The last thing you want is a mirror mechanism flicking lube onto lens surfaces for example.
     
  16. Robson Valley

    Robson Valley Full Member

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    Synthetic is always the same viscosity.
    I figured that it would help to crank the 454 at -20C when compared to the cold sludge of regular oils.
    Judging by sound and the amps current draw at the starter, it seems to be as claimed.
    Plus, it won't leave the cylinder walls dry.

    Anyway, I should not think that I'd need enough camera lubricant to ever be spitting internally.
    A wipe for the meerest smear of a film would be my start.

    The University of Alaska runs a research facility called the Poker Flat Research Range.
    Aurora borealis stuff, I think. I wonder what they do with their cameras?
     
  17. C_Claycomb

    Mod

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    When I was in Alberta in the winter doing stuff with Mors I made myself a little battery carrier for camera and head torch batteries that I could hang around my neck, under my clothes. I found that pockets were not reliable for keeping things warm unless they were both close to the skin and covered in insulation on the outside. Stuff in trouser pockets got cold because I was wearing wool underwear/longjohns and the trousers didn't offer a lot of insulation to the pocket contents. Coat pockets were worse. When I went to bed the battery carrier could still be worn under clothes and inside sleeping bag.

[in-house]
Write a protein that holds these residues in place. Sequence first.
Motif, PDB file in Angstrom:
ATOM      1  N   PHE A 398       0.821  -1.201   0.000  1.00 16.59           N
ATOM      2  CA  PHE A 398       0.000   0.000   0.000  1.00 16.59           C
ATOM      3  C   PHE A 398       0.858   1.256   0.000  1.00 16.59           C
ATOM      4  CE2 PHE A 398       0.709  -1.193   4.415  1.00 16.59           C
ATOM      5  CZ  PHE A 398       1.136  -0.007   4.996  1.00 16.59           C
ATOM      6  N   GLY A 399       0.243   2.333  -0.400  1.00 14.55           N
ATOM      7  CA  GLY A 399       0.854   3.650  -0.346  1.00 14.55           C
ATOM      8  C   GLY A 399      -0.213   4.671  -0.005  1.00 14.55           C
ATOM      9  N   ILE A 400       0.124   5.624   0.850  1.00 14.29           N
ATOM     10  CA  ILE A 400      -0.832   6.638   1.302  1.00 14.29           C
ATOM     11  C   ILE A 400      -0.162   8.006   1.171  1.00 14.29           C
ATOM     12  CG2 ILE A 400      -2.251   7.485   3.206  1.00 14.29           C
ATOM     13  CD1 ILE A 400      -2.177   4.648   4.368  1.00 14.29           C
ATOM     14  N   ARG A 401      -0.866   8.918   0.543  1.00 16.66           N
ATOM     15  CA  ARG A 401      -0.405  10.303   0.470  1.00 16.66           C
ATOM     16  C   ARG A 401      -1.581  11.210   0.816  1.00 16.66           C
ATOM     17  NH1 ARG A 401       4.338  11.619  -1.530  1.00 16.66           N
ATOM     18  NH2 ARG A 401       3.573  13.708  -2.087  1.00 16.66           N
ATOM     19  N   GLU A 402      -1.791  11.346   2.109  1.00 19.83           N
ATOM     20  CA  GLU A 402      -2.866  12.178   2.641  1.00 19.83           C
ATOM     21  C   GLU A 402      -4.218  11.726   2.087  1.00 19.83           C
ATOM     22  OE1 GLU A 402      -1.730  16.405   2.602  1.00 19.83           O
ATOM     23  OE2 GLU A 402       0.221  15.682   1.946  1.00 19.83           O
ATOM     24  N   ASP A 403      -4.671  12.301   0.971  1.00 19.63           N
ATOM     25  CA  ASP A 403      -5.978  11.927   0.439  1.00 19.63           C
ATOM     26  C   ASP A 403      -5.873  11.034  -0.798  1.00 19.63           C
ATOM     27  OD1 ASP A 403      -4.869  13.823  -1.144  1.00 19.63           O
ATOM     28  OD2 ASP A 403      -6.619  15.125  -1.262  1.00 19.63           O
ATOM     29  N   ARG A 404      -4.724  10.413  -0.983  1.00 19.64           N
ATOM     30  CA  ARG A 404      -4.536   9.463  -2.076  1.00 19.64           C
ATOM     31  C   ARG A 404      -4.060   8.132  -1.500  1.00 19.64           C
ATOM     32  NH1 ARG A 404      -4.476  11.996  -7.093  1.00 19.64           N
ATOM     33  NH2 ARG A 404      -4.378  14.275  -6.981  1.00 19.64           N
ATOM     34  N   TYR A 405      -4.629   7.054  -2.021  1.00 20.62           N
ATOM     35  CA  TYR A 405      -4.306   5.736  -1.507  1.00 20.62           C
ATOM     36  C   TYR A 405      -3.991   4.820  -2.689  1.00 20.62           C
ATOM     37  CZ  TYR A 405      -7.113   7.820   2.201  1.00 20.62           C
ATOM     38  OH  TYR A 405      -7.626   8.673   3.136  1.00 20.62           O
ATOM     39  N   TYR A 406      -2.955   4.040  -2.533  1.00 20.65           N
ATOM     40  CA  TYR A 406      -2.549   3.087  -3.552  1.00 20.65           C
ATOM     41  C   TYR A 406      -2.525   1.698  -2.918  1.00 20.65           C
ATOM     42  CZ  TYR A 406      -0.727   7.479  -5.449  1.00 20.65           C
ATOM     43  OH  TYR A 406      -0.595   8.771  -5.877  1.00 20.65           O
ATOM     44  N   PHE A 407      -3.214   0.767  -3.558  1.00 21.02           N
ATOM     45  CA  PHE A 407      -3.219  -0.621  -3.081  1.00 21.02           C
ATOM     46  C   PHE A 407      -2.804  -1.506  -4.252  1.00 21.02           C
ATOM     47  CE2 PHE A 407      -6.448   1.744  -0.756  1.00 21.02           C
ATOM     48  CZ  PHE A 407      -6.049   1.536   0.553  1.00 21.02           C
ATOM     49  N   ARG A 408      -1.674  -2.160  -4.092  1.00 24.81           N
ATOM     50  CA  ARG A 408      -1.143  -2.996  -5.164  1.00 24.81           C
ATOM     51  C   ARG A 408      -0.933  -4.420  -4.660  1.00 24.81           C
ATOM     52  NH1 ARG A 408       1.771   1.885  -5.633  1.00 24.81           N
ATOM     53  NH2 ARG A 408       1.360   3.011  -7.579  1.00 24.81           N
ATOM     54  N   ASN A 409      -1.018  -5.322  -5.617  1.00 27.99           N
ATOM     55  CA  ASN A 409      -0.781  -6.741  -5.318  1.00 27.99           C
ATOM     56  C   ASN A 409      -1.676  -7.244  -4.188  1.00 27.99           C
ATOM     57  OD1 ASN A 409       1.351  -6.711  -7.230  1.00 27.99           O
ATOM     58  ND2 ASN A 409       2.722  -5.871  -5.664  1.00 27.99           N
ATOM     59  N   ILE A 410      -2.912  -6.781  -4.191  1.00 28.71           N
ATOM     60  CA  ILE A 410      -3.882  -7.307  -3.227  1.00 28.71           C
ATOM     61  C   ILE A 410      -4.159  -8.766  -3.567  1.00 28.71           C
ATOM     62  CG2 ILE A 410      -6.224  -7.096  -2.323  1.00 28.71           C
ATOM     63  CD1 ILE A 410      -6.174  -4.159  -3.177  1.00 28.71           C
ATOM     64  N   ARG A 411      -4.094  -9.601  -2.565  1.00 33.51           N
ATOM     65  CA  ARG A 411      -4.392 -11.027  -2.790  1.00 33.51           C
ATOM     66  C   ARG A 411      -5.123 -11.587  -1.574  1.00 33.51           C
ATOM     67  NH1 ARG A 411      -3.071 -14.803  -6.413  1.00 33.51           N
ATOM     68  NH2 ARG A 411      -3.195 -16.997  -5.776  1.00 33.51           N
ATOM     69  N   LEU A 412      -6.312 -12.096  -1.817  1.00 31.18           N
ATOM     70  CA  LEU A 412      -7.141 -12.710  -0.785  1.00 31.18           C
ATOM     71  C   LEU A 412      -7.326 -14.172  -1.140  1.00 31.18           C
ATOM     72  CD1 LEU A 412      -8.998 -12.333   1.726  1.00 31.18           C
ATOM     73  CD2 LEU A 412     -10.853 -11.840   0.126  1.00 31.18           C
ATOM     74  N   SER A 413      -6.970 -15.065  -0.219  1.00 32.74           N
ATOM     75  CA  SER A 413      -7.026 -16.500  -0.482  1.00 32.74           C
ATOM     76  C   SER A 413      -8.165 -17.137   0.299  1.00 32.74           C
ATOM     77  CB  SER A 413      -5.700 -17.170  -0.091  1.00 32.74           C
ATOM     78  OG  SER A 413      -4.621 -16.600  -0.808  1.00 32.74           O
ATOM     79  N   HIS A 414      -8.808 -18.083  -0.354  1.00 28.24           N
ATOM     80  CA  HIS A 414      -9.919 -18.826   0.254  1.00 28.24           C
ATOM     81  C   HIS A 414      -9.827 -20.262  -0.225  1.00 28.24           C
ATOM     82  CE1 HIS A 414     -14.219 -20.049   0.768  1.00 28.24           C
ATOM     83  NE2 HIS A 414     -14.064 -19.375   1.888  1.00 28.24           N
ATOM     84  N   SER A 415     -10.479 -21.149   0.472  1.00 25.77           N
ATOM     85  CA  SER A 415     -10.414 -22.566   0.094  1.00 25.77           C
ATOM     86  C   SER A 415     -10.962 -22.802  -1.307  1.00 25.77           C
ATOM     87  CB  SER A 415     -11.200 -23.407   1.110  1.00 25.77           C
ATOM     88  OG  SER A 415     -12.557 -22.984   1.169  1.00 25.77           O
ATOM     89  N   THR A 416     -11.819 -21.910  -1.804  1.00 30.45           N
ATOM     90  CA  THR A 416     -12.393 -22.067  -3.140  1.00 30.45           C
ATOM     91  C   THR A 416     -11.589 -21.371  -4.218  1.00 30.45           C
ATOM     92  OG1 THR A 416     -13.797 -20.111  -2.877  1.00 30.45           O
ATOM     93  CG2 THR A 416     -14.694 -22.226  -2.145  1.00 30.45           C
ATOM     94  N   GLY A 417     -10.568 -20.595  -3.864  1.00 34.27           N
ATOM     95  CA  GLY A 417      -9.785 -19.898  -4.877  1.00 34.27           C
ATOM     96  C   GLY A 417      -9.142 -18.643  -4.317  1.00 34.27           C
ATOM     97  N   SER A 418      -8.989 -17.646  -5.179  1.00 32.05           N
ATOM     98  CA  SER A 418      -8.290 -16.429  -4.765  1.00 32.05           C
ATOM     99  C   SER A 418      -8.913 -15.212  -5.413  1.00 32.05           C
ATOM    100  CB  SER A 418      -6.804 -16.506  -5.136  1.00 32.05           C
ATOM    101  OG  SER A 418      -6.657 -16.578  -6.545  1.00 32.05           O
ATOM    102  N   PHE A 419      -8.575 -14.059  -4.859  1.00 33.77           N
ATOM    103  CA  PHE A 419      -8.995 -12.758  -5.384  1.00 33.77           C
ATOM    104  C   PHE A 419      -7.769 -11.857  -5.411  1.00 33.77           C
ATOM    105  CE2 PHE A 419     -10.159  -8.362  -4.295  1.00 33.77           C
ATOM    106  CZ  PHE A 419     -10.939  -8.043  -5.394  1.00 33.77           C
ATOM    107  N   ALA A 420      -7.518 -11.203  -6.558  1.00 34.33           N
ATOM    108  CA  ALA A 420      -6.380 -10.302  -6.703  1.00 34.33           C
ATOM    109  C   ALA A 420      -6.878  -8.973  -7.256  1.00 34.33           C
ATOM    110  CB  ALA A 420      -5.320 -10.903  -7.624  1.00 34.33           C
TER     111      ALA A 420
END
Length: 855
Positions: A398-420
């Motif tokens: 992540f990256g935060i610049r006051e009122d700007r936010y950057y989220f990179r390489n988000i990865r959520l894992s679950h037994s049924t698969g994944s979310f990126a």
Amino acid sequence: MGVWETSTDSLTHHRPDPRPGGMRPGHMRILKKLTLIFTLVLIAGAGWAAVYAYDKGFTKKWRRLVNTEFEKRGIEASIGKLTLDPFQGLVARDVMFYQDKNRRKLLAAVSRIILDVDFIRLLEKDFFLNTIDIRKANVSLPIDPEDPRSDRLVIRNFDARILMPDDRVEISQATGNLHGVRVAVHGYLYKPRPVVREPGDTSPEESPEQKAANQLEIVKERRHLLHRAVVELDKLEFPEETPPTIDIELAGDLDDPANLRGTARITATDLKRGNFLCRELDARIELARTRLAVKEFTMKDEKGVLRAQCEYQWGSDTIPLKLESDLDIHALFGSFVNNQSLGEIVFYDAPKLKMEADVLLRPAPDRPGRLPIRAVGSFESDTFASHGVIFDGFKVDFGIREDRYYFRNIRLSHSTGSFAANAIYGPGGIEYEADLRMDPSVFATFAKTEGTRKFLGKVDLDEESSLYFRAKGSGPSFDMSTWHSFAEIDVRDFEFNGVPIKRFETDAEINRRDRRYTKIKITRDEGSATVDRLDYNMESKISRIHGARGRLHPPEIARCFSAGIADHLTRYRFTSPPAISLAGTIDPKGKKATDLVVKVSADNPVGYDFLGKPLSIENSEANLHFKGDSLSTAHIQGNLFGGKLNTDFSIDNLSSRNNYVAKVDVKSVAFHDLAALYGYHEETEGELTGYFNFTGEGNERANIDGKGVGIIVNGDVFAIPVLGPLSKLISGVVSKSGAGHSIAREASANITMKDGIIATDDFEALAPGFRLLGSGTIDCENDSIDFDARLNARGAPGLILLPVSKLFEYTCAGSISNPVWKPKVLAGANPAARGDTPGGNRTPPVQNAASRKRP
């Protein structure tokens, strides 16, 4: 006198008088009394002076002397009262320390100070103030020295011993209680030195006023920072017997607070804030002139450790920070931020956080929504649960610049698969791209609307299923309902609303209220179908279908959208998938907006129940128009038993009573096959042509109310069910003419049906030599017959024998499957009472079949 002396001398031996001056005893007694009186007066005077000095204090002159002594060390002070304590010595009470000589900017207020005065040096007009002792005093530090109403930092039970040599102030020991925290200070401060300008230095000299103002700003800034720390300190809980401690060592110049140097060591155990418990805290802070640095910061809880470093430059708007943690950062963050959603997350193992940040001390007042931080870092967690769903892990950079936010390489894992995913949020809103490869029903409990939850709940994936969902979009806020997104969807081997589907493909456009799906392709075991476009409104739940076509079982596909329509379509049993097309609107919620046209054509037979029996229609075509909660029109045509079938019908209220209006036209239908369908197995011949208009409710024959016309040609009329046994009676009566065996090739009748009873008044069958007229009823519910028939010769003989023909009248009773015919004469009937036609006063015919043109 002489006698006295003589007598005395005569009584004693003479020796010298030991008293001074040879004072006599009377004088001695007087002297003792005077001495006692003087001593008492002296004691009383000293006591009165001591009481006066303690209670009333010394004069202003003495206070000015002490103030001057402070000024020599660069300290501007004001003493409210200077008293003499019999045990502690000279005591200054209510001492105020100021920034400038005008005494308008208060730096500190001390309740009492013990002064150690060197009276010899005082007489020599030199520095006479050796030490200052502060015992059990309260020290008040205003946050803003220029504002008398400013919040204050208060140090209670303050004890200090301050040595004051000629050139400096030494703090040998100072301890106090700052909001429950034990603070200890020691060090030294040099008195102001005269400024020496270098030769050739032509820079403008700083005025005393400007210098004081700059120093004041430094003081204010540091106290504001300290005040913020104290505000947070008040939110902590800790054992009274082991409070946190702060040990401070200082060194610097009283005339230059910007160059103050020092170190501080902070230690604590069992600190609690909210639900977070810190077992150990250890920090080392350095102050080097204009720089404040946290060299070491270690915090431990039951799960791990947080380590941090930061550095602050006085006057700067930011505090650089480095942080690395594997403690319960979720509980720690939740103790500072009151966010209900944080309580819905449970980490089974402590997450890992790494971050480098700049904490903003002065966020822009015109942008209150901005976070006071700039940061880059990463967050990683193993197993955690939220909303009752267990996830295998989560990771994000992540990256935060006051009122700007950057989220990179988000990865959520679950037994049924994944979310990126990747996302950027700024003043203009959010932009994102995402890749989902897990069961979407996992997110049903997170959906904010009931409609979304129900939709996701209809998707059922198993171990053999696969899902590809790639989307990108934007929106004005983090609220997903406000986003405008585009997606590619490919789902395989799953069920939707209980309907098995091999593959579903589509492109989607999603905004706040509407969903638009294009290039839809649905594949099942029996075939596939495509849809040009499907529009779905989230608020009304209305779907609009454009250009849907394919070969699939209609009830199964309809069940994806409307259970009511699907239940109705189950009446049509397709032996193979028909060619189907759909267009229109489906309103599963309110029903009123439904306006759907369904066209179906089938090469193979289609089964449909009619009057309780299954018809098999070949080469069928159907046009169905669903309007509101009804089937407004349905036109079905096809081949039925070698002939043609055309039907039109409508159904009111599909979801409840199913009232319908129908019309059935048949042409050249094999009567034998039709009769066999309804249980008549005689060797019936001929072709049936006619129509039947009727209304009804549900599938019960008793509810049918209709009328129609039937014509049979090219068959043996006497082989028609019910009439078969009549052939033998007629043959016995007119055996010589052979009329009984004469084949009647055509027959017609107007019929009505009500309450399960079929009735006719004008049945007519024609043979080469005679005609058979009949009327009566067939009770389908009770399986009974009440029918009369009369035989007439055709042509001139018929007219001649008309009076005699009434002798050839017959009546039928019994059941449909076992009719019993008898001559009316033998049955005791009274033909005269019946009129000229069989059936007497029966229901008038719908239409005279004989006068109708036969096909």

18. bopdude

    bopdude Full Member

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    That sounds like a plan to me, I have a small pouch which might just do the job.
     
  19. DavidJT

    DavidJT Full Member

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    Like a version of this, but just with a longer cable, and battery pack in an inner pocket...

    [video=youtube_share;4OXD3ENA_UA]https://youtu.be/4OXD3ENA_UA[/video]

    Swapping several batteries around as Gary suggests will work fine though too.

    Someone I worked with had the screen of his laptop freeze solid when on a professional shoot in the alps, so shouldn't get the camera too cold. Condensation is the enemy as Gary says.